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Adolescent Outcomes, Poverty Status, and Welfare Reform: An Analysis based on the Survey of Program Dynamics

Listed author(s):
  • Eileen Trzcinski
  • Jerry Brandell
Registered author(s):

    In the early stages of research on the impact of welfare reform, most research focused on caseload reduction, employment outcomes, and barriers to employment. Even in research that examined the impact of welfare reform on children, the emphases centered on infants, preschoolers, and children at the grade school level. Issues concerning the impact on children in middle childhood and early adolescence were not considered a crucial area for research (Brooks, Hair, and Zaslow, 2001). We argue below, however, that children in late middle childhood and early adolescence are likely to face significant challenges in the wake of welfare reform. Our arguments are based on the premise that adolescence is a developmental epoch characterized by rapid physical, intellectual, and socioemotional growth and change, which is frequently accompanied by turbulence, perplexity, and confusion. Hence this research was undertaken specifically to examine potential effects of welfare reform on children in late childhood through adolescence. The research described below uses the Survey of Program Dynamics to examine the links between outcomes for adolescents, source of income, mother?s employment, and welfare reform. Specifically, the research examines how poverty status and family welfare receipt during middle childhood interact with current poverty status and welfare receipt during adolescence to influence a range of outcomes for adolescents. The outcomes that are examined include both parent reports and the set of indicators that are available in the 1998 adolescent self-administered questionnaire. The study examines how outcomes in the 1998-interviewing year vary for adolescents based on family income, maternal employment, patterns of parental welfare receipt in middle childhood and adolescence, and demographic variables. Data from the 1992 and 1993 longitudinal panels of the Survey of Income and Program Participation were matched with data from the 1997 and 1998 interviewing years of the Survey of Program Dynamics. The time period of the SIPP panels precedes the passage of the Personal Responsibility and Work Opportunities Reconciliation Act of 1996 (PRWORA).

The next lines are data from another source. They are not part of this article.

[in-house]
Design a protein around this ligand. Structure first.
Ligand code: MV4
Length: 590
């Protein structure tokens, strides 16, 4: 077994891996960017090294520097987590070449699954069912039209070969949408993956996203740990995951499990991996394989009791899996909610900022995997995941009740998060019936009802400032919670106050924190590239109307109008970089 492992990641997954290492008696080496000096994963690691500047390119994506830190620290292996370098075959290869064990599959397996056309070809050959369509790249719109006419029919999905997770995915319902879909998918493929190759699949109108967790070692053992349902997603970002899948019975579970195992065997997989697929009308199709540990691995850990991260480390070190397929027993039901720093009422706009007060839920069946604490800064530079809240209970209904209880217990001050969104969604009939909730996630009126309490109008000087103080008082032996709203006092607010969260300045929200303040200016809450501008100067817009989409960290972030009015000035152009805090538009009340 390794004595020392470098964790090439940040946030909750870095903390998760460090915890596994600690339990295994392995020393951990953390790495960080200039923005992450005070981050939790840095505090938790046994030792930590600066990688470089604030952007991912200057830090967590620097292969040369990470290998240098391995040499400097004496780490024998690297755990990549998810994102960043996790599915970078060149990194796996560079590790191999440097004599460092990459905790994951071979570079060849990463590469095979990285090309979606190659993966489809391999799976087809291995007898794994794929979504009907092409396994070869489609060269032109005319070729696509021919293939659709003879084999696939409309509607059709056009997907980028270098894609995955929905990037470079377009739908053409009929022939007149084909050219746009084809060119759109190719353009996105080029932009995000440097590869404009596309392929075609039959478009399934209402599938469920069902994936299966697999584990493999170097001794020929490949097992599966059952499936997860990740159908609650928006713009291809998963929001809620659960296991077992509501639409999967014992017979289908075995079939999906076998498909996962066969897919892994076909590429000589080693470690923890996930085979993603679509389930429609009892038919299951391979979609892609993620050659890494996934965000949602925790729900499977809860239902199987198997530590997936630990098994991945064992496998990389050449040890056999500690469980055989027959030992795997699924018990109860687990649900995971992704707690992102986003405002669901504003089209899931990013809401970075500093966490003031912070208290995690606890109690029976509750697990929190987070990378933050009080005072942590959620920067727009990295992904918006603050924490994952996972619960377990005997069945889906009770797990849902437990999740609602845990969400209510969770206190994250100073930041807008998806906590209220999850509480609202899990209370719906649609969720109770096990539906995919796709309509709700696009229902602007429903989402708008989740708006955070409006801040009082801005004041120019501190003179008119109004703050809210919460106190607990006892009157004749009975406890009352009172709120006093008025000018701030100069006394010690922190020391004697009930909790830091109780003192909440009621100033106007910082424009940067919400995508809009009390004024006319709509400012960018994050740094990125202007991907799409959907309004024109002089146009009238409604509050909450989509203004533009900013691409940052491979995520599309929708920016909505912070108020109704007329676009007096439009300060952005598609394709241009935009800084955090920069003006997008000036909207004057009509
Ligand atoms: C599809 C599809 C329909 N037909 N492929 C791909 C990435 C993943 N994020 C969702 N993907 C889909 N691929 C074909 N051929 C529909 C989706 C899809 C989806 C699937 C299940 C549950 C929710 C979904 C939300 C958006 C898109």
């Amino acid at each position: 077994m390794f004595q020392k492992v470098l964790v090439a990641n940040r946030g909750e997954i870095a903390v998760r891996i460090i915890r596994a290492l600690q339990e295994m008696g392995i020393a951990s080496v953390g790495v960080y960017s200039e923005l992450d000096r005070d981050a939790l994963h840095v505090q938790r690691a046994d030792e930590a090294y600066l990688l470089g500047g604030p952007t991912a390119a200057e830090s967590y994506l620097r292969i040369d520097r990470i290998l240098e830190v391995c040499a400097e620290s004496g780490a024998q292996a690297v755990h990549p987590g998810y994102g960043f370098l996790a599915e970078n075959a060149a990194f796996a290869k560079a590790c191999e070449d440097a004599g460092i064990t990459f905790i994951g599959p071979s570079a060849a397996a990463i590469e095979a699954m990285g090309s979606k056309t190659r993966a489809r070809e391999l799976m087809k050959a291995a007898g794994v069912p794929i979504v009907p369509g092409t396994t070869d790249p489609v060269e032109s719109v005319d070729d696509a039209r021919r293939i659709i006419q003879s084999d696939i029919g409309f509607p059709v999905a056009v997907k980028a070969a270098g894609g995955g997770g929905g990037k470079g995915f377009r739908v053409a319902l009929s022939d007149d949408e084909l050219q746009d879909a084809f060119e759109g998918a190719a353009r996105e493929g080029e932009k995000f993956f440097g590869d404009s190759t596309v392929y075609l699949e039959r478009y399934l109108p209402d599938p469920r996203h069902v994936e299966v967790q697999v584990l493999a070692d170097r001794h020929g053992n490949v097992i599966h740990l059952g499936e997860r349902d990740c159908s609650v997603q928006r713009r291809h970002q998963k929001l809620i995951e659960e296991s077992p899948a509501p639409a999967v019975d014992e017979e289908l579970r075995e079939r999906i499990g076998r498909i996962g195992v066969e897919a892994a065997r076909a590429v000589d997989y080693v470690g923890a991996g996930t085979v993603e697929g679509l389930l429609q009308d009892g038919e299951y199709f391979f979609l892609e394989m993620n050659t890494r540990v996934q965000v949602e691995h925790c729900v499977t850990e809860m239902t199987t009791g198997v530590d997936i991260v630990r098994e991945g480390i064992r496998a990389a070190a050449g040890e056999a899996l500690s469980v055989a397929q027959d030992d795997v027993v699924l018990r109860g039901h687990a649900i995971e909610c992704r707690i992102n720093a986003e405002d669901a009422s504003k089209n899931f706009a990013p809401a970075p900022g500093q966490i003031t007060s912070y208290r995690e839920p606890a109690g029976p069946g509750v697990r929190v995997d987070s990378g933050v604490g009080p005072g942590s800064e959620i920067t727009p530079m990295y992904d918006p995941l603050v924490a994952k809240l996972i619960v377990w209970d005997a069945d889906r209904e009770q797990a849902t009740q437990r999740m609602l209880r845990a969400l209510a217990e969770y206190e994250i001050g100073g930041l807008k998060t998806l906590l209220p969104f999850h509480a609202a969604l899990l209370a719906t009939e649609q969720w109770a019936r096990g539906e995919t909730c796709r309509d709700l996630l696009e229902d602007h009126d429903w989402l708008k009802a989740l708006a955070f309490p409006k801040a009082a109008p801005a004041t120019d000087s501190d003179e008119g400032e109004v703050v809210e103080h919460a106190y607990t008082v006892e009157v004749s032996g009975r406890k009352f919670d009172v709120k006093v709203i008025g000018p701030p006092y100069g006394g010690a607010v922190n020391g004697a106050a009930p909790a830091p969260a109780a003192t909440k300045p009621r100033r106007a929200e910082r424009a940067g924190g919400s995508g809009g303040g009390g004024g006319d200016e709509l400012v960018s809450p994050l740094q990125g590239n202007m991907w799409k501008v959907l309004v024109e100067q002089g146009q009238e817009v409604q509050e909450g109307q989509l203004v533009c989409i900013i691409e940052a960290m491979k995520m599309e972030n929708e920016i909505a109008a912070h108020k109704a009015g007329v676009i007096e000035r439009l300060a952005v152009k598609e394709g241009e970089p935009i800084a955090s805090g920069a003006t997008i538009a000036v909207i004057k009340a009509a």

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    Paper provided by Northwestern University/University of Chicago Joint Center for Poverty Research in its series JCPR Working Papers with number 269.

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    Date of creation: 08 Jan 2002
    Handle: RePEc:wop:jopovw:269
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    Harris Graduate School of Public Policy Studies, 1155 E. 60th Street Chicago, IL 60637

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    1. Levine, Phillip B. & Zimmerman, David J., 2005. "Children's welfare exposure and subsequent development," Journal of Public Economics, Elsevier, vol. 89(1), pages 31-56, January.
    2. Greg Duncan & Rachel Dunifon & Morgan Ward Doran & W. Jean Yeung, 1998. "How Different ARE Welfare and Working Families? And Do Those Differences Matter for Children's Achievement?," JCPR Working Papers 38, Northwestern University/University of Chicago Joint Center for Poverty Research.
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